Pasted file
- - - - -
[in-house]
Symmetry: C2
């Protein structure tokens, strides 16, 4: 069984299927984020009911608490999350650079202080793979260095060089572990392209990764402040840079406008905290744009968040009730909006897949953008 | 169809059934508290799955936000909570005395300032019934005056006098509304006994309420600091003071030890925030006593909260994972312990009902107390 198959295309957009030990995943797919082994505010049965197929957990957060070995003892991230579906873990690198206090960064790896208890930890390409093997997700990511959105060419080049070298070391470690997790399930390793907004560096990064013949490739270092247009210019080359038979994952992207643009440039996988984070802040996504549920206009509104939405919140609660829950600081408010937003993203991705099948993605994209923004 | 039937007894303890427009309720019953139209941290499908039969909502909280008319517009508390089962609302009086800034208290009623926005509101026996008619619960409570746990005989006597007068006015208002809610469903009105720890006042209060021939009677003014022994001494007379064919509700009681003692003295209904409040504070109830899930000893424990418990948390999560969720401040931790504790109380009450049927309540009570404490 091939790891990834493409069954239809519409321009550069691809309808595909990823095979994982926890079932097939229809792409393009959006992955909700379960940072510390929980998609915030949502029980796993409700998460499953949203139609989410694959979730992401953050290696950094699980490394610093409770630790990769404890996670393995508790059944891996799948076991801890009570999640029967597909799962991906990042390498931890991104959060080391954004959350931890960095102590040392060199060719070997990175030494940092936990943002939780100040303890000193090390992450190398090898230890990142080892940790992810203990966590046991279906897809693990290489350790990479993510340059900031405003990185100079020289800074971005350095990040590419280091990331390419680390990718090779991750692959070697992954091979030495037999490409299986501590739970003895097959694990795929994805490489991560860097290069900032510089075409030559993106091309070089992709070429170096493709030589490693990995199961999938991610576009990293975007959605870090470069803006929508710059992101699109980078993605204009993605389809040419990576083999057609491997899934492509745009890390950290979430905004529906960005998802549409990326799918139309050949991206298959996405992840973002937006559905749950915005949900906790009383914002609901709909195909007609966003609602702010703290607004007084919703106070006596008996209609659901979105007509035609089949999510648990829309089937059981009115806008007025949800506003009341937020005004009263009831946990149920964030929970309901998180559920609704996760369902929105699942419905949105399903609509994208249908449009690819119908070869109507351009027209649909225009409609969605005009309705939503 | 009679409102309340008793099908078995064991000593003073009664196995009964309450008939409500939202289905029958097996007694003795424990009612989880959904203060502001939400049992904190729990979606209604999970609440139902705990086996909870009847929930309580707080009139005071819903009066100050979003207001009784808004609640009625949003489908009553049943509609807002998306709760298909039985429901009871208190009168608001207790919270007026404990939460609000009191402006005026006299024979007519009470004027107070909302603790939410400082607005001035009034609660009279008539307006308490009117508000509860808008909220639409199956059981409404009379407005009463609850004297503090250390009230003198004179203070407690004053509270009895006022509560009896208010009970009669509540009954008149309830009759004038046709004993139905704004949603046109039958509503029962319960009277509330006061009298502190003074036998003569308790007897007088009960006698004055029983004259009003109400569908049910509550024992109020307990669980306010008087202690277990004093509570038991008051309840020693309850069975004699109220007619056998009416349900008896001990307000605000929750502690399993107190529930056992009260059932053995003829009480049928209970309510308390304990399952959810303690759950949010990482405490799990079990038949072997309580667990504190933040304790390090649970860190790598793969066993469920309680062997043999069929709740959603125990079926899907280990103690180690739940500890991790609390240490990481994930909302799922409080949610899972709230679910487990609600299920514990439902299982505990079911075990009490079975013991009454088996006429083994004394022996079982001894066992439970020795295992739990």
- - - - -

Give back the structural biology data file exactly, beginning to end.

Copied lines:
[in-house]
Symmetry: C2
């Protein structure tokens, strides 16, 4: 069984299927984020009911608490999350650079202080793979260095060089572990392209990764402040840079406008905290744009968040009730909006897949953008 | 169809059934508290799955936000909570005395300032019934005056006098509304006994309420600091003071030890925030006593909260994972312990009902107390 198959295309957009030990995943797919082994505010049965197929957990957060070995003892991230579906873990690198206090960064790896208890930890390409093997997700990511959105060419080049070298070391470690997790399930390793907004560096990064013949490739270092247009210019080359038979994952992207643009440039996988984070802040996504549920206009509104939405919140609660829950600081408010937003993203991705099948993605994209923004 | 039937007894303890427009309720019953139209941290499908039969909502909280008319517009508390089962609302009086800034208290009623926005509101026996008619619960409570746990005989006597007068006015208002809610469903009105720890006042209060021939009677003014022994001494007379064919509700009681003692003295209904409040504070109830899930000893424990418990948390999560969720401040931790504790109380009450049927309540009570404490 091939790891990834493409069954239809519409321009550069691809309808595909990823095979994982926890079932097939229809792409393009959006992955909700379960940072510390929980998609915030949502029980796993409700998460499953949203139609989410694959979730992401953050290696950094699980490394610093409770630790990769404890996670393995508790059944891996799948076991801890009570999640029967597909799962991906990042390498931890991104959060080391954004959350931890960095102590040392060199060719070997990175030494940092936990943002939780100040303890000193090390992450190398090898230890990142080892940790992810203990966590046991279906897809693990290489350790990479993510340059900031405003990185100079020289800074971005350095990040590419280091990331390419680390990718090779991750692959070697992954091979030495037999490409299986501590739970003895097959694990795929994805490489991560860097290069900032510089075409030559993106091309070089992709070429170096493709030589490693990995199961999938991610576009990293975007959605870090470069803006929508710059992101699109980078993605204009993605389809040419990576083999057609491997899934492509745009890390950290979430905004529906960005998802549409990326799918139309050949991206298959996405992840973002937006559905749950915005949900906790009383914002609901709909195909007609966003609602702010703290607004007084919703106070006596008996209609659901979105007509035609089949999510648990829309089937059981009115806008007025949800506003009341937020005004009263009831946990149920964030929970309901998180559920609704996760369902929105699942419905949105399903609509994208249908449009690819119908070869109507351009027209649909225009409609969605005009309705939503 | 009679409102309340008793099908078995064991000593003073009664196995009964309450008939409500939202289905029958097996007694003795424990009612989880959904203060502001939400049992904190729990979606209604999970609440139902705990086996909870009847929930309580707080009139005071819903009066100050979003207001009784808004609640009625949003489908009553049943509609807002998306709760298909039985429901009871208190009168608001207790919270007026404990939460609000009191402006005026006299024979007519009470004027107070909302603790939410400082607005001035009034609660009279008539307006308490009117508000509860808008909220639409199956059981409404009379407005009463609850004297503090250390009230003198004179203070407690004053509270009895006022509560009896208010009970009669509540009954008149309830009759004038046709004993139905704004949603046109039958509503029962319960009277509330006061009298502190003074036998003569308790007897007088009960006698004055029983004259009003109400569908049910509550024992109020307990669980306010008087202690277990004093509570038991008051309840020693309850069975004699109220007619056998009416349900008896001990307000605000929750502690399993107190529930056992009260059932053995003829009480049928209970309510308390304990399952959810303690759950949010990482405490799990079990038949072997309580667990504190933040304790390090649970860190790598793969066993469920309680062997043999069929709740959603125990079926899907280990103690180690739940500890991790609390240490990481994930909302799922409080949610899972709230679910487990609600299920514990439902299982505990079911075990009490079975013991009454088996006429083994004394022996079982001894066992439970020795295992739990």